Emotional scenes as separated Korean families reunited for the first time in decades

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Emotional scenes as separated Korean families reunited for the first time in decades


South Korean Lee Keum-seom, 92, left, weeps as she meets with her North Korean son Ri Sang Chol, 71, during the Separated Family Reunion Meeting
(Korea Pool Photo via AP)
South Korean Lee Keum-seom, 92, left, weeps as she meets with her North Korean son Ri Sang Chol, 71, during the Separated Family Reunion Meeting
(Korea Pool Photo via AP)
South Korean Han Shin-ja, 99, right, weeps with her North Korean daughters Kim Kim Kyong Yong, 71, and Kim Kyong Sil, 72
(Korea Pool Photo via AP)
South Korean Cho Hye-do, 86, center, hugs her North Korean sister Cho Sun Do, 89
(Lee Ji-eun/Yonhap via AP)
South Korean Kim Kwang-ho, 79, left, talks with his North Korean brother Kim Kwan Il, 78
(Lee Ji-eun/Yonhap via AP)
South Korean Lee Keum-seom, 92, left, weeps with her North Korean son Ri Sang Chol, 71
(Lee Ji-eun/Yonhap via AP)
South Korean Han Shin-ja, 99, center, meets with her North Korean daughter Kim Kim Kyong Yong, 71, and Kim Kyong Sil, 72 (Korea Pool Photo via AP)

Dozens of elderly South Koreans have crossed the border into the North to meet relatives for the first time since they were driven apart during the 1950-53 Korean war.

There were emotional scenes as the reunions took place in the North’s Diamond Resort, as the rival Koreas step up reconciliation efforts.

One 92-year-old South Korean woman wept and stroked the wrinkled cheeks of her 71-year-old North Korean son.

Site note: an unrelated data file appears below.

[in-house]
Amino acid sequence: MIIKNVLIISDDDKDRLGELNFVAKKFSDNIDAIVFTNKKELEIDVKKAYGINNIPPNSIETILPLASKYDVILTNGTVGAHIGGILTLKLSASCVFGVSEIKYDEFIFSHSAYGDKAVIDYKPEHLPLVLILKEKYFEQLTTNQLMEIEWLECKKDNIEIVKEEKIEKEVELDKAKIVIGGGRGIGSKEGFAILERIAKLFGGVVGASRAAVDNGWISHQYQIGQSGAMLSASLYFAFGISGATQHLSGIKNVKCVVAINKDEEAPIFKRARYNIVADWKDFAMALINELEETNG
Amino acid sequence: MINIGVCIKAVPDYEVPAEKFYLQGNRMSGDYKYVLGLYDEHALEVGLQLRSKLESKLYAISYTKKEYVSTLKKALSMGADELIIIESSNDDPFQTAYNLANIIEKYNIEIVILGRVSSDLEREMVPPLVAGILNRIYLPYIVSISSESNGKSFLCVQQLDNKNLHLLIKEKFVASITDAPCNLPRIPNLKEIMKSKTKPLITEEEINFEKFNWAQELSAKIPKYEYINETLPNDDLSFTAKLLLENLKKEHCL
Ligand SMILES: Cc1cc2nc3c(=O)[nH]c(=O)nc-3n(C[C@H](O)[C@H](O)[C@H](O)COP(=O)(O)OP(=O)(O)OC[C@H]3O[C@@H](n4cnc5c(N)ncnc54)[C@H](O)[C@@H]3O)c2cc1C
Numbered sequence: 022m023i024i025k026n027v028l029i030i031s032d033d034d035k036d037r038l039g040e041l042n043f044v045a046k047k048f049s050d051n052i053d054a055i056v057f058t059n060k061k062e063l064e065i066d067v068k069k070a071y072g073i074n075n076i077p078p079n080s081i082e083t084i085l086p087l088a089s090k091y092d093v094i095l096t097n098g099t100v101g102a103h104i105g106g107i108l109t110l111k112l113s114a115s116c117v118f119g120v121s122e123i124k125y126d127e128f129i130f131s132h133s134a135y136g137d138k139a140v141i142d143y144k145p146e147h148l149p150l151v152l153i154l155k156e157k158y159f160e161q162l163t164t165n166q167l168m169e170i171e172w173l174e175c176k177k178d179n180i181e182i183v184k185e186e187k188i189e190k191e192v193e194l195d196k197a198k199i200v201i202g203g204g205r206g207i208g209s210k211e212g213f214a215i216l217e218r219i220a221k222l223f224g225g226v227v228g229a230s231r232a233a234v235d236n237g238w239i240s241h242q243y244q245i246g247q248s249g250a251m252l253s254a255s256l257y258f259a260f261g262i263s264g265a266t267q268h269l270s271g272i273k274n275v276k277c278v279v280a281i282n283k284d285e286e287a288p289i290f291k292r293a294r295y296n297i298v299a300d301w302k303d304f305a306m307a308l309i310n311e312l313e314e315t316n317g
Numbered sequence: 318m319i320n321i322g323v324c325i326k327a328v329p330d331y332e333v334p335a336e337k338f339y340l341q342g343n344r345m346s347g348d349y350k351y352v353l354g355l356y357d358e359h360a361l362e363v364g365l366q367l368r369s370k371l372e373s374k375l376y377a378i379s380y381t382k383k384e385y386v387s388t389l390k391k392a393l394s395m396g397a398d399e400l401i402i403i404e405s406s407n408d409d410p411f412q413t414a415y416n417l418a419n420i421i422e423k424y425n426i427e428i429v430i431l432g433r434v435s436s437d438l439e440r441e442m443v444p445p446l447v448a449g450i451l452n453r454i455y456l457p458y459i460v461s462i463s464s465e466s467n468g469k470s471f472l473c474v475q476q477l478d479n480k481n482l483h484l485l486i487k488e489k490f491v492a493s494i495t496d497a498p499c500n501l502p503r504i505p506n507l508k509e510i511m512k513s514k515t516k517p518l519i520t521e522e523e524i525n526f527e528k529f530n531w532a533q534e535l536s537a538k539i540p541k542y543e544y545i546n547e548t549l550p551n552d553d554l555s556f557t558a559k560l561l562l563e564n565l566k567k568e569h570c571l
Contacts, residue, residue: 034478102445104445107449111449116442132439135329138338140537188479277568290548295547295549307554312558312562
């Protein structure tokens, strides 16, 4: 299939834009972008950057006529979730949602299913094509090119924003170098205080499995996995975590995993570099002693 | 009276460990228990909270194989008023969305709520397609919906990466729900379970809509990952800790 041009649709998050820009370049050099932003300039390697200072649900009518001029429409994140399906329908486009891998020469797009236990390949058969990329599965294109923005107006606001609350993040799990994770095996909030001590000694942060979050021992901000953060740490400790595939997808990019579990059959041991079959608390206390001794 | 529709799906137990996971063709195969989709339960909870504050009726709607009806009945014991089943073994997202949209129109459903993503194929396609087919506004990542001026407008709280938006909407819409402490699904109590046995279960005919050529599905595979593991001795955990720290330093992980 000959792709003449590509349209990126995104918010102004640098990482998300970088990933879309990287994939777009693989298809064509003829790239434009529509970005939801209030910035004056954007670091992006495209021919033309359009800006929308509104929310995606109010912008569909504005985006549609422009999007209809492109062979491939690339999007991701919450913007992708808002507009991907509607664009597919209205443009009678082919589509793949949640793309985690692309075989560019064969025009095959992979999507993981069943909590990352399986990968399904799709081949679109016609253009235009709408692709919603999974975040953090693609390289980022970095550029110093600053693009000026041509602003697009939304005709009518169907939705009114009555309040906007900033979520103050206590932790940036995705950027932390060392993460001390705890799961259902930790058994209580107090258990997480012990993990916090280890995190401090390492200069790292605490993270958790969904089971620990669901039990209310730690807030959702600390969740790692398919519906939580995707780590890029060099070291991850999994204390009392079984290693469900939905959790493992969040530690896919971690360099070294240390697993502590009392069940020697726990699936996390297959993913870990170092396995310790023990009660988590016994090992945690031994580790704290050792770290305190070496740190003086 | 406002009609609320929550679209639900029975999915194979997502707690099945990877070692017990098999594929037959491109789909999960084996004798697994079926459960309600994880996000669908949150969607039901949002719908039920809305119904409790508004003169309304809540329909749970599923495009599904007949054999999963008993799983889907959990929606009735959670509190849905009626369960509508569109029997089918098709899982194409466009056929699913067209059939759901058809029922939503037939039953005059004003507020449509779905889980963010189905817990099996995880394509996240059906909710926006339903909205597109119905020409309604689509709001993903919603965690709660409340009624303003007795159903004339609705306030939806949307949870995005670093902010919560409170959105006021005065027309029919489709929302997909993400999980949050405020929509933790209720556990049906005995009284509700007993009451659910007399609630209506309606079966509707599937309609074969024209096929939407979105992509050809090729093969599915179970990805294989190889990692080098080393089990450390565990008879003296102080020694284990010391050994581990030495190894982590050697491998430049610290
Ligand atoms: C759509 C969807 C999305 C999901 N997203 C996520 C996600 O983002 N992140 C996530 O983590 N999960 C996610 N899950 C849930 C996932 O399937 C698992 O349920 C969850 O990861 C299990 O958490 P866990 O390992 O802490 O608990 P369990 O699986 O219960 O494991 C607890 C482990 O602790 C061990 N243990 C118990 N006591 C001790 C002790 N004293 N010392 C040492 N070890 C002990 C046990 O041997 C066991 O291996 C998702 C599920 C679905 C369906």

As they met, Lee Keum-seom asked her son Ri Sang Chol: “How many children do you have? Do you have a son?”

Hugging the woman he’d last seen as a child, Mr Ri showed his mother a photo of her late husband, who had stayed behind in the North with him as a boy.

The week-long event is the first of its kind in nearly three years, and was arranged as part of diplomatic efforts to resolve a stand-off over North Korea’s nuclear ambitions.

Most of the participants in the reunions are in their 70s or older and are eager to see their loved ones once more before they die.

Most have had no word on whether their relatives are still alive because they are not allowed to visit each other across the border or even exchange letters, phone calls or emails.

About 90 elderly South Koreans, accompanied by their family members, will have three days of meetings with their North Korean relatives before returning to the South on Wednesday. A separate round of reunions from Friday to Sunday will involve more than 300 other South Koreans, according to Seoul’s unification ministry.

During Monday’s meetings, many elderly Koreans held each other’s hands and wiped away tears while asking how their relatives had lived. They showed photos of family members who were not able to attend the meetings.

Han Shin-ja, a 99-year-old South Korean woman, was at a loss for words after she reunited with her two North Korean daughters, both in their early 70s.

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Not knowing their separation would be permanent, she had left them behind in the North during the war while fleeing south with her third and youngest daughter.

Before this week’s reunions, nearly 20,000 people had participated in 20 rounds of face-to-face reunions since 2000. Another 3,700 exchanged video messages with their North Korean relatives. None of them had a second chance to see or talk with their relatives.

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